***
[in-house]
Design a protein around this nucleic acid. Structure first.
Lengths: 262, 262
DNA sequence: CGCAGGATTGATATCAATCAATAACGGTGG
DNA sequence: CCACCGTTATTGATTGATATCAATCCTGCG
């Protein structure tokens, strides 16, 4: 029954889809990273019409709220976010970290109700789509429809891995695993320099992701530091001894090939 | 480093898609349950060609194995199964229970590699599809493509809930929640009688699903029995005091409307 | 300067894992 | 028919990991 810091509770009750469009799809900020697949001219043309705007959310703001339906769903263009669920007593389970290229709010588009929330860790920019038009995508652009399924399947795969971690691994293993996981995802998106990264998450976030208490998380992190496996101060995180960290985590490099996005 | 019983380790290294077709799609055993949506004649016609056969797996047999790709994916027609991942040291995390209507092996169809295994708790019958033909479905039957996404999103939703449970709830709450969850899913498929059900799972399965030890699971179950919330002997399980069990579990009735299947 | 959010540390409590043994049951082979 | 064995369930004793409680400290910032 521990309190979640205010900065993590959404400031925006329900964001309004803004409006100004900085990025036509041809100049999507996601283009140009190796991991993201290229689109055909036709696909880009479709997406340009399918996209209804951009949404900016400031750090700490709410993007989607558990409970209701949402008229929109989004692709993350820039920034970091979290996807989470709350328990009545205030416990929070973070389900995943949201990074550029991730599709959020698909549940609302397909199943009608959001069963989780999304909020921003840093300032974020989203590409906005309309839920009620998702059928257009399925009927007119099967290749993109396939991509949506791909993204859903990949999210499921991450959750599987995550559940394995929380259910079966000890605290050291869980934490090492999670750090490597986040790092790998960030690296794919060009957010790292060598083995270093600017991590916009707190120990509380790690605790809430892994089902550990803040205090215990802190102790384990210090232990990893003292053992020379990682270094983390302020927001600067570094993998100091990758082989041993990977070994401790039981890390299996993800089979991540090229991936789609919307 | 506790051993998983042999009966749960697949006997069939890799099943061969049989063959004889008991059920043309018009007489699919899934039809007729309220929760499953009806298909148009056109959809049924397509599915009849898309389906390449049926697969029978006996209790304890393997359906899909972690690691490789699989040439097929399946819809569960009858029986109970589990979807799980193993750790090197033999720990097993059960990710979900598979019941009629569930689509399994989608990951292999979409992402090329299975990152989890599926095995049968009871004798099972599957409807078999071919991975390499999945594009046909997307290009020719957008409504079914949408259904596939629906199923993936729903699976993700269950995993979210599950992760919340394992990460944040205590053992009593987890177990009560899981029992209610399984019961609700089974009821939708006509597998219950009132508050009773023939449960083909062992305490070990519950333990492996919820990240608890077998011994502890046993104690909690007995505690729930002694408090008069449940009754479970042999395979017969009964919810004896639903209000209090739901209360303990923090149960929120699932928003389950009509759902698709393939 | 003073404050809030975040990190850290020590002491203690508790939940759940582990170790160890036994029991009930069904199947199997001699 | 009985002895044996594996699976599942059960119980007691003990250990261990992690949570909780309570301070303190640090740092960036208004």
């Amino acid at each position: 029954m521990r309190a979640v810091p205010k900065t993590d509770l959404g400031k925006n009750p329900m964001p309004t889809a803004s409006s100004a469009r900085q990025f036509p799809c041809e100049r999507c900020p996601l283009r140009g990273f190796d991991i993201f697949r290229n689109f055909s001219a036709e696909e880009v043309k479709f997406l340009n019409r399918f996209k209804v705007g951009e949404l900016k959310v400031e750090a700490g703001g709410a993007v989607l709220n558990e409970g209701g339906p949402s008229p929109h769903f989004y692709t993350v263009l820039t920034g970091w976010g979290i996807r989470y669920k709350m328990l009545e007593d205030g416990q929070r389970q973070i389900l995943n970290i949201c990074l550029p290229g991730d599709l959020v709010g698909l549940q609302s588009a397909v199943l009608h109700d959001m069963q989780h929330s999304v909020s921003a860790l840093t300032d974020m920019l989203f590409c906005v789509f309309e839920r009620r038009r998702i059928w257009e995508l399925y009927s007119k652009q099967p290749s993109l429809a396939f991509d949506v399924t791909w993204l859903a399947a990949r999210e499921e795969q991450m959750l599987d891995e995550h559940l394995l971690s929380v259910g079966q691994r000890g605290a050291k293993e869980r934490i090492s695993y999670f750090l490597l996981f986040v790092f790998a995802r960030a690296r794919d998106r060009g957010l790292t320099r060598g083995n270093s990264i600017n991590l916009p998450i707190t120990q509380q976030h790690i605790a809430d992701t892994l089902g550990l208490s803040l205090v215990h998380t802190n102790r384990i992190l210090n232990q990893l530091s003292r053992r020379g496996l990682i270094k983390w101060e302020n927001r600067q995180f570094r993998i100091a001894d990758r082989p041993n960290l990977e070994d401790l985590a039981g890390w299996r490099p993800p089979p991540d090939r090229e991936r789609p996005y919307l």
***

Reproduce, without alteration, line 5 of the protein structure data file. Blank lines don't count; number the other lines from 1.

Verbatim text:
DNA sequence: CCACCGTTATTGATTGATATCAATCCTGCG